SF: What are some of the responses you have gotten from sharing your exploration of prayer?
Sherry: They can range from subtle to very strong, but everyone is touched in a positive way. One participant put it this way: “…after your exercises, it was less like I was sending words, and more like I was sending my heart and feelings. And not just that, but I felt them actually being received, responded to, and something divine came pouring back down on me with such love as I can never describe.”
The words “Love is Round” showed up in my prayer time in 2015. I believe those words accurately portray the experience people have during the workshop, namely of being held in a field, a circle, within which love is felt as being reciprocal between themselves and the objects of their attention–like a plant, a rock or a tree for instance.
There is much to be said for practicing consistency in fostering a relationship with Divine in order to keep our overactive minds at bay. That way, when we really need guidance and support, we can access it more readily. As we get to know ourselves, we find that the need to prove ourselves or to be different from who we are, simply drops away.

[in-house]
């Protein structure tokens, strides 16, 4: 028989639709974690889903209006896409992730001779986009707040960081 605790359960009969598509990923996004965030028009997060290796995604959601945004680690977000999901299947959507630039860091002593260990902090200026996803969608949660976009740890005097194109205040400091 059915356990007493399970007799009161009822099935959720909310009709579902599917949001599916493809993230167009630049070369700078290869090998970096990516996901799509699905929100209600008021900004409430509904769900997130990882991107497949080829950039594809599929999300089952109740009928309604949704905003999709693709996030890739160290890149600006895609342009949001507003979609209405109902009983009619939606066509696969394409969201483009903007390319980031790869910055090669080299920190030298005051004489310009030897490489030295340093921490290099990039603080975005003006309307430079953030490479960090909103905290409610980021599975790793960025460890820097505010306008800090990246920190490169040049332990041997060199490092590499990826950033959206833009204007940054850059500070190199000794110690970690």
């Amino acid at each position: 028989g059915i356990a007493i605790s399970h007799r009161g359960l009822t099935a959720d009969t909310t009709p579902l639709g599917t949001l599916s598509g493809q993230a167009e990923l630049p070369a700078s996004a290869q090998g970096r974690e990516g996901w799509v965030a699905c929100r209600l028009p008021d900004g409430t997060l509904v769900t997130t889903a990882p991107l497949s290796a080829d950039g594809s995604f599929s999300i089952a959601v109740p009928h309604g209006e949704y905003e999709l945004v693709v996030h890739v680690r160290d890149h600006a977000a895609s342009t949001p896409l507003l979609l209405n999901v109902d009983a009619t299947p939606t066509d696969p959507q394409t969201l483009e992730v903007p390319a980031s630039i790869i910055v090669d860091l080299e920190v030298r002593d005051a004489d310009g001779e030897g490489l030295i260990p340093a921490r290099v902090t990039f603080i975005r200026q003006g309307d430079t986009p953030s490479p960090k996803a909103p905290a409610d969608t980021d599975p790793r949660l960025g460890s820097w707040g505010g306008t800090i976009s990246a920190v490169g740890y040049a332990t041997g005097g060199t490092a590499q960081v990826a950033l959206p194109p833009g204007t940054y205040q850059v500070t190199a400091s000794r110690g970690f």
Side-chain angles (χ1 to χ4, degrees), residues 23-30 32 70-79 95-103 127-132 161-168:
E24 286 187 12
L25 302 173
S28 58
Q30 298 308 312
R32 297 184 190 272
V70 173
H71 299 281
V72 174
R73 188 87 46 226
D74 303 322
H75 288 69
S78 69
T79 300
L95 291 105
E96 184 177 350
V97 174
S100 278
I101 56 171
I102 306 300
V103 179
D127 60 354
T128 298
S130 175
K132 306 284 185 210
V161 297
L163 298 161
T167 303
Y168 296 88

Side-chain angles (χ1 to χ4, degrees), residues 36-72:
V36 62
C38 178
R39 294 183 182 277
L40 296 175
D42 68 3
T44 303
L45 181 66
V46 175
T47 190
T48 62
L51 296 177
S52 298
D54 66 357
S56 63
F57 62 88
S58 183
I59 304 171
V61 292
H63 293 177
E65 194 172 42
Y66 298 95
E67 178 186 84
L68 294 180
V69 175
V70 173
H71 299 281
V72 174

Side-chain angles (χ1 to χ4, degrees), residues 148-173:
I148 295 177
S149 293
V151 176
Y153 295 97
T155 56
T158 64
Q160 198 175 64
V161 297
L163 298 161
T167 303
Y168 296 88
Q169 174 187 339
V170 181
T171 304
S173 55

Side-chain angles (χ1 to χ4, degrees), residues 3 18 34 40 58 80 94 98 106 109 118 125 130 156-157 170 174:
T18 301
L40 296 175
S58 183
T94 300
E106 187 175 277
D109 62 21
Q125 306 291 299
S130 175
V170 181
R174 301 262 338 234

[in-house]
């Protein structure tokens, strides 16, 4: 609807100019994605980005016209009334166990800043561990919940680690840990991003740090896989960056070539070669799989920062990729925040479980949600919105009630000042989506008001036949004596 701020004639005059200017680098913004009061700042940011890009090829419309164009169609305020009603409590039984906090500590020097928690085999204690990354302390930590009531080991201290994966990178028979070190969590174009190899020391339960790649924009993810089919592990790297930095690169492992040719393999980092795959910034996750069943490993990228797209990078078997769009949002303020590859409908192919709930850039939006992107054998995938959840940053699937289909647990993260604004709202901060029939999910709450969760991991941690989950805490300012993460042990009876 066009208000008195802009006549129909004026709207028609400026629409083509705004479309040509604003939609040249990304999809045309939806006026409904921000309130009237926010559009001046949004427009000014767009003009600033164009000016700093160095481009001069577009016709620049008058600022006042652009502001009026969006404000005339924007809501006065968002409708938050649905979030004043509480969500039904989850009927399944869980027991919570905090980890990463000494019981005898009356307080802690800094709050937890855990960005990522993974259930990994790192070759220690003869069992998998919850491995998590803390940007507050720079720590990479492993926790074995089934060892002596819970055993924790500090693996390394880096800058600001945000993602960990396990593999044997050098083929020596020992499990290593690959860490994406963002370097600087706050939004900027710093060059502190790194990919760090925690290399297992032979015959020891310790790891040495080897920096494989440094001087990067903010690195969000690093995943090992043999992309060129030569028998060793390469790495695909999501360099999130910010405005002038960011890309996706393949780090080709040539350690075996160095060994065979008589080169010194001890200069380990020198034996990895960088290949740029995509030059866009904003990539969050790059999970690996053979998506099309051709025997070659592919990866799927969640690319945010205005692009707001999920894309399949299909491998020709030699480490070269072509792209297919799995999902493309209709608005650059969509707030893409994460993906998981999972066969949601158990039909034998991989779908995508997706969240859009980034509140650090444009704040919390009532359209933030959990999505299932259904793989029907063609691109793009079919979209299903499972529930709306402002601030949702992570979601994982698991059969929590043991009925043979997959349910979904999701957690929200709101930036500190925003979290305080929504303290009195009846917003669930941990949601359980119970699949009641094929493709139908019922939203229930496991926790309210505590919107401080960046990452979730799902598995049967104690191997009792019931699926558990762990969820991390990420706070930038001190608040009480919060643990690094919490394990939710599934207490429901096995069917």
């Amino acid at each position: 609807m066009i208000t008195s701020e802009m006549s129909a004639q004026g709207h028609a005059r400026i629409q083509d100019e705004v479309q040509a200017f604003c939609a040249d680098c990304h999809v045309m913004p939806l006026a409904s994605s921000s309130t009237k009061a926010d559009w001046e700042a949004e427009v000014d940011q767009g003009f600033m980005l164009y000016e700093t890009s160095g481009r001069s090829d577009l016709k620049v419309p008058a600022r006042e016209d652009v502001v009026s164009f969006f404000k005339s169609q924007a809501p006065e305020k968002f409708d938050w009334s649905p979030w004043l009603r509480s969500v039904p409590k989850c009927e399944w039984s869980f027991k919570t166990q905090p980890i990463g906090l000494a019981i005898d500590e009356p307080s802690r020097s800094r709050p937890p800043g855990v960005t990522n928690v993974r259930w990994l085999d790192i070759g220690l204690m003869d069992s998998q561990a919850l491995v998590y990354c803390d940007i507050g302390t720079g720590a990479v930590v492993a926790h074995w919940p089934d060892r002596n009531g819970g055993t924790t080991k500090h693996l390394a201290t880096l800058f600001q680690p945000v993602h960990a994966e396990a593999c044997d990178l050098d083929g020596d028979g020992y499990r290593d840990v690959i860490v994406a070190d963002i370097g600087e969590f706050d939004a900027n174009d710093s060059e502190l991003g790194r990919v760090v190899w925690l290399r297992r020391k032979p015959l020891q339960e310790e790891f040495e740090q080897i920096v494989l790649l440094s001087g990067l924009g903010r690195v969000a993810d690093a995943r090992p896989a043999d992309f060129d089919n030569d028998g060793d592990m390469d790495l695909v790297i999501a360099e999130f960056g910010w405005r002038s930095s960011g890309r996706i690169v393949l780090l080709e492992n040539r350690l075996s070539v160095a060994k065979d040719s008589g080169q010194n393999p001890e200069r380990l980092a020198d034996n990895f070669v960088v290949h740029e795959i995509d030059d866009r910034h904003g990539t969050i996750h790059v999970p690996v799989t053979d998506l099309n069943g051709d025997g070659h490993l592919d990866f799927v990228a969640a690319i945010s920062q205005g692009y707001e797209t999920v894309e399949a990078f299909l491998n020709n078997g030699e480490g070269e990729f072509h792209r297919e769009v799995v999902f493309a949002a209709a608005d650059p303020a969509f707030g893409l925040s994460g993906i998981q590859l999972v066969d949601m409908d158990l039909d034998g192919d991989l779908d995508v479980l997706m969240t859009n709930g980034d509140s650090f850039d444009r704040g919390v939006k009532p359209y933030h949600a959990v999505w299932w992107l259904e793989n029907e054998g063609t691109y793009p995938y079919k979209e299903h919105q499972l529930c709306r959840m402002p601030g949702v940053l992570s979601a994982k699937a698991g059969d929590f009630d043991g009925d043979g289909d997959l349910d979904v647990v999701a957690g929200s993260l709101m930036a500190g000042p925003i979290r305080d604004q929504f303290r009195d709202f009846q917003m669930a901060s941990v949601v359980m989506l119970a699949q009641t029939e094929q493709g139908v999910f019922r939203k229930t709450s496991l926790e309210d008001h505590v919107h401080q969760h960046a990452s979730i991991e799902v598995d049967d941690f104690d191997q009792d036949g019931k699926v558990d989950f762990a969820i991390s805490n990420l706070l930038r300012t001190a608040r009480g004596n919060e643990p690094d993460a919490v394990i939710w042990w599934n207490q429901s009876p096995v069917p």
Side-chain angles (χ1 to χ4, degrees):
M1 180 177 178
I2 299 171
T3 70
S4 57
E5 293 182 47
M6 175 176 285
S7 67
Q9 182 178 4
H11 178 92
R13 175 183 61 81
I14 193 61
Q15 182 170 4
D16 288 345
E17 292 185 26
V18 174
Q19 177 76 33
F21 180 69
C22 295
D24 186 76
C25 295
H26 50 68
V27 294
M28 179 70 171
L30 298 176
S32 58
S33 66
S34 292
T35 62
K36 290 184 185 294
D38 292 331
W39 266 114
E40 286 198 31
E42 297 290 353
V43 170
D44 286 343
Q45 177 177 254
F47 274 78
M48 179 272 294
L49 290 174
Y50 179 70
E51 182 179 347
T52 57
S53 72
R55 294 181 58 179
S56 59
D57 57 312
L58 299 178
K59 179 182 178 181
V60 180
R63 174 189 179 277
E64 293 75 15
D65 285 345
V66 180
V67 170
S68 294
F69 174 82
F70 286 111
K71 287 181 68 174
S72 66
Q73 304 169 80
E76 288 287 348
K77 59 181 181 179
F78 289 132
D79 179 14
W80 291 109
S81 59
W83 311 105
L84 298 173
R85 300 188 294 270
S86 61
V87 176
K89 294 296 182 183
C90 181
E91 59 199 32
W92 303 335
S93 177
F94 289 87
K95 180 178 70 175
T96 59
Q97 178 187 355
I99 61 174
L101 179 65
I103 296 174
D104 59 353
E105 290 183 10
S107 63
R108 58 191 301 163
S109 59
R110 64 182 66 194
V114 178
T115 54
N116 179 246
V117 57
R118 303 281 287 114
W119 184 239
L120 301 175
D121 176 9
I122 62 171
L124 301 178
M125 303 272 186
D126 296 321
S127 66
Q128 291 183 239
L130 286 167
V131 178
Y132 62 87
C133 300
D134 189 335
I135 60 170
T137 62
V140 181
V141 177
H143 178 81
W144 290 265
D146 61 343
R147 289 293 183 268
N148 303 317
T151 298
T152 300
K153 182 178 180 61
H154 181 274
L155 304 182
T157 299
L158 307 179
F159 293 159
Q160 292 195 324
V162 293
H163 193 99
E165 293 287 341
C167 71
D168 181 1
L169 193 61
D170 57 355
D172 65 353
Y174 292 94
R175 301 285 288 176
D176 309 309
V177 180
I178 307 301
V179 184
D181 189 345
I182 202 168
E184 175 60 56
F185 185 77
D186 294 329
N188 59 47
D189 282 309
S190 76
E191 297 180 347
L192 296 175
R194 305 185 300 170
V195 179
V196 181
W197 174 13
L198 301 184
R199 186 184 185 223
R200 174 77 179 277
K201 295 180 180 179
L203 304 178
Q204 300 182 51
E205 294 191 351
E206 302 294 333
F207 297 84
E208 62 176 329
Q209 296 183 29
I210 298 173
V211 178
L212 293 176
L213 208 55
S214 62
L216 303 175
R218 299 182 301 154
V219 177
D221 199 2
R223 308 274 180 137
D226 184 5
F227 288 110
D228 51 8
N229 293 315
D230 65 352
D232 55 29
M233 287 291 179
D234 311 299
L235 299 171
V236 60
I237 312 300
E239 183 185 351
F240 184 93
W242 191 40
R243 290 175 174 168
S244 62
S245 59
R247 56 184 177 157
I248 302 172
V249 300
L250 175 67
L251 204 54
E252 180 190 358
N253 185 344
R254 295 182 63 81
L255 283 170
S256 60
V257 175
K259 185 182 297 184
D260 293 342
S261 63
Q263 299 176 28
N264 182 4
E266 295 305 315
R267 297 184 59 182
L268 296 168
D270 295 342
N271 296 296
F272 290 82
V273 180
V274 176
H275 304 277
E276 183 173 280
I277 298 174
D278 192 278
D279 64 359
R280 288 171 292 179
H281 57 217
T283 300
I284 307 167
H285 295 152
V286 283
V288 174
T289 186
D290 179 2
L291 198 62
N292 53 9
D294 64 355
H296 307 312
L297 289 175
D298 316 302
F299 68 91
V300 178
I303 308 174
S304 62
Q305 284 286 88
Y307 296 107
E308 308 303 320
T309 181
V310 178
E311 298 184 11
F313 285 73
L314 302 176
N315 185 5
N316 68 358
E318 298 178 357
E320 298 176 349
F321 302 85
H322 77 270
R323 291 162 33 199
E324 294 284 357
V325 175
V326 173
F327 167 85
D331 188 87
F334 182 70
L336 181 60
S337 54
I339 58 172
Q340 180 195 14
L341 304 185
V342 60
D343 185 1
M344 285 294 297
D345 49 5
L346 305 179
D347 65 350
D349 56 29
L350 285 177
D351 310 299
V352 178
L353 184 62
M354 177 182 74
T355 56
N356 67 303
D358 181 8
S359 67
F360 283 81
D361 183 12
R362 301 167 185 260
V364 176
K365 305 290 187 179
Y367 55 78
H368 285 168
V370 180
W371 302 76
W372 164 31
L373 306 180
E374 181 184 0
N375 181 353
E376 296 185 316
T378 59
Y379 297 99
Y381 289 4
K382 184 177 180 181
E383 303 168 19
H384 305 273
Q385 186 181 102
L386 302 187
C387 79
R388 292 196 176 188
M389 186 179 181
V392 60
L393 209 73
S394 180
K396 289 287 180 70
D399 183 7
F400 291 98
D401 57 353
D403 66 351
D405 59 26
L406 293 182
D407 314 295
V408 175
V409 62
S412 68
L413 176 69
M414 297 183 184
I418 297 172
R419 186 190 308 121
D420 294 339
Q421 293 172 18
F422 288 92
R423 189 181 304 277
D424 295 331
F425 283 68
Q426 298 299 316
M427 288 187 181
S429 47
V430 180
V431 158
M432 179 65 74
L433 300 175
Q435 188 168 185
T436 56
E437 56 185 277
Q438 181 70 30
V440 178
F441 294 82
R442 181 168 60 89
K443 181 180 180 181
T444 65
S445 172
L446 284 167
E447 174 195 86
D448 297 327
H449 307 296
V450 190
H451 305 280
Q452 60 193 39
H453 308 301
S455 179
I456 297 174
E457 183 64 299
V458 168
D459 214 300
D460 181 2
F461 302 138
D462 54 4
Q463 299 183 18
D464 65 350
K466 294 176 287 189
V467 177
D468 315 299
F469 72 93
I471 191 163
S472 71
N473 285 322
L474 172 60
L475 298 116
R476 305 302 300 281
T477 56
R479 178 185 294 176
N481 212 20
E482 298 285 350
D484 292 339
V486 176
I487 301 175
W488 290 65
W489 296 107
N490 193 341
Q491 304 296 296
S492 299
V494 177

SF: Sherry, thank you so much for sharing some of your wisdom with us today.
Sherry: You are so welcome! Thank you for helping me spread the word about how prayer, approached in this way, can bring healing to us and to our world.
Exploring Prayer is offered as a LifeWays program by Sacred Fire.
Sherry Morgan was the founding President of the Sacred Fire Foundation in 2005 (and remains an active volunteer), and was a founding donor of the Blue Deer Center–two Sacred Fire sister organizations. In 1998 Sherry was initiated as a quiatlzques (one who works to establish relationship with Weather for the benefit of her village) in the Nahua indigenous tradition of Mexico, and she is also Matron for ceremonial work at a sacred mountain connected with Weather in Ontario, Canada. When she is at home, Sherry greets the weather in beautiful Victoria, BC. Find out more about Sherry’s offerings at Love is Round.